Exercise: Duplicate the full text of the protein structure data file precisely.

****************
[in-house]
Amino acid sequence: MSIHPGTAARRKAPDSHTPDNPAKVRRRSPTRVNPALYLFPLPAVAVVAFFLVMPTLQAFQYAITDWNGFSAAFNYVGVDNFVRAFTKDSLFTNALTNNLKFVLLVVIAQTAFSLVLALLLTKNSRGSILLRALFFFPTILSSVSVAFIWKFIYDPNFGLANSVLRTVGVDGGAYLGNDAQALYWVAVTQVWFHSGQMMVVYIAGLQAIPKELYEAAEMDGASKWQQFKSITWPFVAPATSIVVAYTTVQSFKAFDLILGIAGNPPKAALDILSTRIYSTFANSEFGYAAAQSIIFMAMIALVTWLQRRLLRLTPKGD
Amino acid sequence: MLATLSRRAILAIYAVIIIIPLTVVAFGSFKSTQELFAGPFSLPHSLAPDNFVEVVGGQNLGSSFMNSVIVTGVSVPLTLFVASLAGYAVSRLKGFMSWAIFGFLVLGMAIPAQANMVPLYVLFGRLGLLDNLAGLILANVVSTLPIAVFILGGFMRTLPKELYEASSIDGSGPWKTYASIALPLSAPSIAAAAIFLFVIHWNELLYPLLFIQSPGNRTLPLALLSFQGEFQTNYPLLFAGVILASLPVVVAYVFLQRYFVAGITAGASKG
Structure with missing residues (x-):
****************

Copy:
[in-house]
Amino acid sequence: MSIHPGTAARRKAPDSHTPDNPAKVRRRSPTRVNPALYLFPLPAVAVVAFFLVMPTLQAFQYAITDWNGFSAAFNYVGVDNFVRAFTKDSLFTNALTNNLKFVLLVVIAQTAFSLVLALLLTKNSRGSILLRALFFFPTILSSVSVAFIWKFIYDPNFGLANSVLRTVGVDGGAYLGNDAQALYWVAVTQVWFHSGQMMVVYIAGLQAIPKELYEAAEMDGASKWQQFKSITWPFVAPATSIVVAYTTVQSFKAFDLILGIAGNPPKAALDILSTRIYSTFANSEFGYAAAQSIIFMAMIALVTWLQRRLLRLTPKGD
Amino acid sequence: MLATLSRRAILAIYAVIIIIPLTVVAFGSFKSTQELFAGPFSLPHSLAPDNFVEVVGGQNLGSSFMNSVIVTGVSVPLTLFVASLAGYAVSRLKGFMSWAIFGFLVLGMAIPAQANMVPLYVLFGRLGLLDNLAGLILANVVSTLPIAVFILGGFMRTLPKELYEASSIDGSGPWKTYASIALPLSAPSIAAAAIFLFVIHWNELLYPLLFIQSPGNRTLPLALLSFQGEFQTNYPLLFAGVILASLPVVVAYVFLQRYFVAGITAGASKG
Structure with missing residues (x-):